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May 02, 2005


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As one who was homeschooled for two years, I have to say that mine was a relatively good experience. But I should preface that by saying that I wasn't homeschooled by my parents. It was more of a tuturing at home situation (we were living abroad at the time). Educationally, I think it was very enrichening but I was fairly lonely and missed the day-to-day encounters with my own peer group. Ultimately, that's why I was switched back into the school system. Like you said, it's not for everyone but it can work under the right circumstances.


My two nephews were homeschooled for a couple of years and it was an utter failure. It was done because my SIL couldn't face the fact that her oldest was old enough for middle school, not because she had a burning desire to teach her children and guide their education.

She didn't treat it as her new full-time job. She just sort of did what the book said and kept the state happy by meeting minimum requirements.

As a result during those critical years when you go from just memorizing to actual thinking... the boys missed out on some important lessons and in many ways never caught up. They have never learned to HOW to learn.

The oldest graduated with a B average and actually qualified for state-lottery funded full scolarship because of the B. But since every kid in the state with a B average gets the scholarship, he in no way actually meets the minimum GPA standards of any state run college.

The world of lottery scholarships has made admission to state run schools as fierce as Ivy league - if you've got the grades, money is no longer an issue.

Given that fact, unless you're prepared to challenge her at the highest levels. My thoughts are her education is best left to professionals.

Not-For-Profit Dad

My wife talks about homeschooling our kids. Since she's a (soon-to-be) former teacher this tends to carry more weight in terms of it being do-able. In terms of the socializing I know lots of homeschool families form co-ops with each other to do things like field trips and to cover each others' academic weaknesses. Still, you mention homeschool and I can't help but think of Cartman at home, in bed, watching the phonics monkey.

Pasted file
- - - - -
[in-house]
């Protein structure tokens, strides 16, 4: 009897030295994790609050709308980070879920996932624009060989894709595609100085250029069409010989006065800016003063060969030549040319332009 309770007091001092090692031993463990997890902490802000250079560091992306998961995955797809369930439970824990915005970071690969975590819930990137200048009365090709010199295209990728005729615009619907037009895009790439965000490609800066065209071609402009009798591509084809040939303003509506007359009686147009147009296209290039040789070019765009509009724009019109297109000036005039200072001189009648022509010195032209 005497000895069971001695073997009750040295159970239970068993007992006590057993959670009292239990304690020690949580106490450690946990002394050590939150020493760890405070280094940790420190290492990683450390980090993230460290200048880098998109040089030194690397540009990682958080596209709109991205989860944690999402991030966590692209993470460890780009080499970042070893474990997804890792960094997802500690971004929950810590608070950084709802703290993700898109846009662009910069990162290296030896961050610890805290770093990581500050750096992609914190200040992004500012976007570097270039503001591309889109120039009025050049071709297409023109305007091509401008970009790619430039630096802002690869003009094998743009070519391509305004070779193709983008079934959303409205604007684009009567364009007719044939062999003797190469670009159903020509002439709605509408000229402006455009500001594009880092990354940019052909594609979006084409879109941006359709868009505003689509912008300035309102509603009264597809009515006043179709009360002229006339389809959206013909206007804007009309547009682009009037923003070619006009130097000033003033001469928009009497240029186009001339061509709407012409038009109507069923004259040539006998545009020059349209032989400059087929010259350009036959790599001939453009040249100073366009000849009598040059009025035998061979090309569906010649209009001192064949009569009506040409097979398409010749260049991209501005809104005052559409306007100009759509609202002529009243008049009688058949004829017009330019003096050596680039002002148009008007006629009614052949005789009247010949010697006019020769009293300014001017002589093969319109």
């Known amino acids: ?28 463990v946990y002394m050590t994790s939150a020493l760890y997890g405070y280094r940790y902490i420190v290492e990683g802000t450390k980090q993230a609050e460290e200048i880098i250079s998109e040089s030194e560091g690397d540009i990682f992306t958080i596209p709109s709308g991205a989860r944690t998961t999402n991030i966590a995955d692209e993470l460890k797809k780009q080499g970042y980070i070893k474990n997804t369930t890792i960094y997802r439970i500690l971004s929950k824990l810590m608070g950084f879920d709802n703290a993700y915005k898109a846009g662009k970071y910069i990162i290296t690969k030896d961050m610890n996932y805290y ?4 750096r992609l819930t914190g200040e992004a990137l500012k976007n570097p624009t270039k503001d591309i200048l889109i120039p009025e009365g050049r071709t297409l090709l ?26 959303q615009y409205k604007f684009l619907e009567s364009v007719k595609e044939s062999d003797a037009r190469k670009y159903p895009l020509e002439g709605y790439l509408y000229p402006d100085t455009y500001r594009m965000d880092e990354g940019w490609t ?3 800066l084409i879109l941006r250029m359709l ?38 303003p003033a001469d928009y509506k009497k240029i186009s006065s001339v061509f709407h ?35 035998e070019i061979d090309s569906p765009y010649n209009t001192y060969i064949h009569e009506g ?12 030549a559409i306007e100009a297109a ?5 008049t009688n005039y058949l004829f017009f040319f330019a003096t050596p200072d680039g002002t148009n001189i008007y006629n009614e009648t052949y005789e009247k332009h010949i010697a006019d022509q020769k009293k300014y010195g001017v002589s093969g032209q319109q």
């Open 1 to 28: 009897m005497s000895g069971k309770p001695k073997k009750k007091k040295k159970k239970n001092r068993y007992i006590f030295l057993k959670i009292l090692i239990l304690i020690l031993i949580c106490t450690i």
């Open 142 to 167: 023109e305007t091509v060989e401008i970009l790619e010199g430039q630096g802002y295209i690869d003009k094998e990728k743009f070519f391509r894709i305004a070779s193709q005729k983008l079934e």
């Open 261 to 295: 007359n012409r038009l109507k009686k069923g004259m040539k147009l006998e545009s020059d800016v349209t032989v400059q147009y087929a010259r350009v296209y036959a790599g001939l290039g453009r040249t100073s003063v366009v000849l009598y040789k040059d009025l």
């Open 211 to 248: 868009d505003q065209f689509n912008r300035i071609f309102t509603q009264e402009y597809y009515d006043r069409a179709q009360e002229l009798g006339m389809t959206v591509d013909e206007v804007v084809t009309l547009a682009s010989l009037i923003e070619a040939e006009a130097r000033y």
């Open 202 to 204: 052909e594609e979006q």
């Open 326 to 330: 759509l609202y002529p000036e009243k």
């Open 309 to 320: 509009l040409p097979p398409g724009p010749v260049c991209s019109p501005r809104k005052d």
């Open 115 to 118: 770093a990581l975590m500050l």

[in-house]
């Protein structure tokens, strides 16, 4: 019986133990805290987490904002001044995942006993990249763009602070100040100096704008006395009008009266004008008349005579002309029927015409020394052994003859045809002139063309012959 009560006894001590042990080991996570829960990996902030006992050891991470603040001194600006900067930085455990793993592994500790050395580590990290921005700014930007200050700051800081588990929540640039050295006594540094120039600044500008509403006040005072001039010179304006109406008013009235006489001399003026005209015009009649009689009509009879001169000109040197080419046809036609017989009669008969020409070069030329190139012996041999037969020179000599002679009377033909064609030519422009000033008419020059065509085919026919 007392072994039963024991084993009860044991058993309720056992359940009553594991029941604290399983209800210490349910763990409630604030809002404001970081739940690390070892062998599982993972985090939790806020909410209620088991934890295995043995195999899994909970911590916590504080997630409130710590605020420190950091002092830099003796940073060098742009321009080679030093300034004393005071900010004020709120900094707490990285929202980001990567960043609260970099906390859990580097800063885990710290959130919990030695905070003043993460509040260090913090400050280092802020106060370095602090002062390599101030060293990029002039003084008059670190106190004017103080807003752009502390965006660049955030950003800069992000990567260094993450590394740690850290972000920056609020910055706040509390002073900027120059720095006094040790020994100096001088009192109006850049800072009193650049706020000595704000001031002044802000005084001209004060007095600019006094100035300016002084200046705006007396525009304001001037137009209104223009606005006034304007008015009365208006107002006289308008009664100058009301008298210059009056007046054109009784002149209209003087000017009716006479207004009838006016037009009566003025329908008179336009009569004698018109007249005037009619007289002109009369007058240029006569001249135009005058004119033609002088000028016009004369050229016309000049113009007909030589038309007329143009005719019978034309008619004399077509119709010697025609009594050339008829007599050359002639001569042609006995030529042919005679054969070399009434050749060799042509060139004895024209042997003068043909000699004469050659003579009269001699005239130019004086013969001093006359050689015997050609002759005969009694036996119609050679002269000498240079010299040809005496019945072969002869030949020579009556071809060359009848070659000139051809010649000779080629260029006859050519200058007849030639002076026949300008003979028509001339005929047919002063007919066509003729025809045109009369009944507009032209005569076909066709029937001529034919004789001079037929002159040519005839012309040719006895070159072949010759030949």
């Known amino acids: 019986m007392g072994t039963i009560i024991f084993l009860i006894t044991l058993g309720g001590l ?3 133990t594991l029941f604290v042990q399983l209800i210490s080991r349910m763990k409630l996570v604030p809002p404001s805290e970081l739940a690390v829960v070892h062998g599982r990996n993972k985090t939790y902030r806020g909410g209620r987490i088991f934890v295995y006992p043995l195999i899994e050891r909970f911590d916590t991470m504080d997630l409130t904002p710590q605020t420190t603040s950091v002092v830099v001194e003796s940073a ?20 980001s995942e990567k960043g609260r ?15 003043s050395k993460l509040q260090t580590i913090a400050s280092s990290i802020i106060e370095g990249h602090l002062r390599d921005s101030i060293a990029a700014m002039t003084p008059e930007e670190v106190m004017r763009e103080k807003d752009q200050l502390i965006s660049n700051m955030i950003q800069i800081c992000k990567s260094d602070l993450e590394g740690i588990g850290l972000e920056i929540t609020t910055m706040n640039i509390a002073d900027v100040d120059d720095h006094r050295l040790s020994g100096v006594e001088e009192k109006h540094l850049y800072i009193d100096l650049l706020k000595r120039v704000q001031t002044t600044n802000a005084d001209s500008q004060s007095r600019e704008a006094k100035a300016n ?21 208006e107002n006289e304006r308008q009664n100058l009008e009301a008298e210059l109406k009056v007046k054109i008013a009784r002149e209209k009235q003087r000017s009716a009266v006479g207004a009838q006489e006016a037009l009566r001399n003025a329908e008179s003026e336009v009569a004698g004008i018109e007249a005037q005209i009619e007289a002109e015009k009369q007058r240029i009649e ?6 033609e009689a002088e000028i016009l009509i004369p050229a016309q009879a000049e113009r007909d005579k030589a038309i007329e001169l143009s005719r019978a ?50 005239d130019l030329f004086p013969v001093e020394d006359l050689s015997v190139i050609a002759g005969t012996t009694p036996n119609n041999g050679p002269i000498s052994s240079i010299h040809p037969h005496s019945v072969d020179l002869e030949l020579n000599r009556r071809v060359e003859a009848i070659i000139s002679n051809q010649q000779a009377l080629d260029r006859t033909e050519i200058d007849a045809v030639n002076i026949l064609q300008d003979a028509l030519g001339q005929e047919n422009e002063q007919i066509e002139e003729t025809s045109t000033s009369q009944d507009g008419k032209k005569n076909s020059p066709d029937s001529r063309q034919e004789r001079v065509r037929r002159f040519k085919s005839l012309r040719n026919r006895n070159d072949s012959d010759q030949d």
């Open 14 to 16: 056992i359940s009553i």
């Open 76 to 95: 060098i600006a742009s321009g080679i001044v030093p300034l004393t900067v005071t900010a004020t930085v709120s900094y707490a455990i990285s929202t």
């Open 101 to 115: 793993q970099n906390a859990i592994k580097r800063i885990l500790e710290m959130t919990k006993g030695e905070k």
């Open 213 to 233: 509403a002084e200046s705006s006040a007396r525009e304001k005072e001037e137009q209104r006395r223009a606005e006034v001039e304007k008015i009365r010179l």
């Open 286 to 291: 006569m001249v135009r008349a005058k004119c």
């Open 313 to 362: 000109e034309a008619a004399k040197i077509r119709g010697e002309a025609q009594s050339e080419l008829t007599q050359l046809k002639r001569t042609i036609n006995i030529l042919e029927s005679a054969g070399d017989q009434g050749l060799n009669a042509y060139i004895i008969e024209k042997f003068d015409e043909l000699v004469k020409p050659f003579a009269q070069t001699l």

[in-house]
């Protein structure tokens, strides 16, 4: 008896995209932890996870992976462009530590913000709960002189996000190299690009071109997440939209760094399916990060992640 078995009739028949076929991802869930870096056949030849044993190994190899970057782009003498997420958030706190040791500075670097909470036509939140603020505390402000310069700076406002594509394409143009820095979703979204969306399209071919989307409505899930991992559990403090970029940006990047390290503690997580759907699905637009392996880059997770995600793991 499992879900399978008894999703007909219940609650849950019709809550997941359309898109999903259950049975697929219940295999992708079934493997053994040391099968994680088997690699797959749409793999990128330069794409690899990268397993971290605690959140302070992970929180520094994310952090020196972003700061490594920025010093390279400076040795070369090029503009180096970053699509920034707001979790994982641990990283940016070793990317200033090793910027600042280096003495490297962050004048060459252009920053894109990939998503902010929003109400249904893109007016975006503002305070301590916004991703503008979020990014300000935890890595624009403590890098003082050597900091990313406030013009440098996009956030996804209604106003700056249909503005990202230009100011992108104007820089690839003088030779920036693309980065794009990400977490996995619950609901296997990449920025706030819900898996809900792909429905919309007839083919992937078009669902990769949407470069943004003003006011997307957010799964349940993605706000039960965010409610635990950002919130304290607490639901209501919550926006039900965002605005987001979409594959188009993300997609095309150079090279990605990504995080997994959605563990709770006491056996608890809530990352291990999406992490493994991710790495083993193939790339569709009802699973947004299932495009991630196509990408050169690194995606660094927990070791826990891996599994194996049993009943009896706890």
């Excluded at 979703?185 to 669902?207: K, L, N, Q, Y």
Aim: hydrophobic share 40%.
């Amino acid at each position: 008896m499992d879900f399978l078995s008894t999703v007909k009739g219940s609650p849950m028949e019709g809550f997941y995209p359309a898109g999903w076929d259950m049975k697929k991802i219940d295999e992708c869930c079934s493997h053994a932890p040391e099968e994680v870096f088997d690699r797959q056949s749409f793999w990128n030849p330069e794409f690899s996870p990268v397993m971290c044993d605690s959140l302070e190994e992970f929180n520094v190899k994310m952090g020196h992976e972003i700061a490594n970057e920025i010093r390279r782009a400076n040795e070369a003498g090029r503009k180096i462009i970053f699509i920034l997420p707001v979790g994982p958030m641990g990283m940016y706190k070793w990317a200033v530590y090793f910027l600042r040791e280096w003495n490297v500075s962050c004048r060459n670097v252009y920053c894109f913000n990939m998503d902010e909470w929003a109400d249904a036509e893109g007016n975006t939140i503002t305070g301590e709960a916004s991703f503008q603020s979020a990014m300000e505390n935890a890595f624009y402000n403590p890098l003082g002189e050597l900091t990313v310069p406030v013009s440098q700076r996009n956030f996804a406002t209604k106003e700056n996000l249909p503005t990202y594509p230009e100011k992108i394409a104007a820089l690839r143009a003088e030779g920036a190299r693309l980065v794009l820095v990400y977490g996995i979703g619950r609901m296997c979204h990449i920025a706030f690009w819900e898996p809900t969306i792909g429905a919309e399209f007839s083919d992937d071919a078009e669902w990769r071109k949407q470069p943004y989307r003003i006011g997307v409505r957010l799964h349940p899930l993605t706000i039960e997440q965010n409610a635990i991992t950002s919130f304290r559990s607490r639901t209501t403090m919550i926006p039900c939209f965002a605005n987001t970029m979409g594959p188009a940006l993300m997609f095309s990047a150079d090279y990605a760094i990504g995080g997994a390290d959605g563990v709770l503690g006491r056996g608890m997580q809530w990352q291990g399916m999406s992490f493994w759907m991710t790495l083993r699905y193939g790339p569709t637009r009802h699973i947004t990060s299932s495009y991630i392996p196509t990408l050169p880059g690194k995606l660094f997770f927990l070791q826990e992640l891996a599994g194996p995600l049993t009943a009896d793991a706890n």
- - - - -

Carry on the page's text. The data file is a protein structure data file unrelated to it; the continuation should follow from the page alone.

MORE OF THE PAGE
Wow, it sounds like you went to an awesome school. I'm nerdy enough to say that I'm envious. Well, as a high school English teacher to-be, I'll say that public school education is as good as the teachers there. I don't know about NYC (I'm from the Chicago suburbs), but there are some great publich schools out there and I don't regret my public education.


I was homeschooled when I was 10 years old. The experiment only lasted one year because I hated it. I missed being away from school and I resented my parents for not letting me have a "normal" life. I know my parents had my best interests at heart but, like you said, it's not for everyone. Could I have gotten a better education at home? Maybe. But based on my personal experience, the life lessons learned at school are almost as important as one's academic progress.


We have only discussed schools in abstract terms since it is so far away. The public schools scare me to death so I intrigued by the idea of home-schooling (more so because I read Jay and Kim also). But the reality of it is that it would drive me insane being home all day with Jackson and being in charge of his schooling. And my insanity would not be good for his education.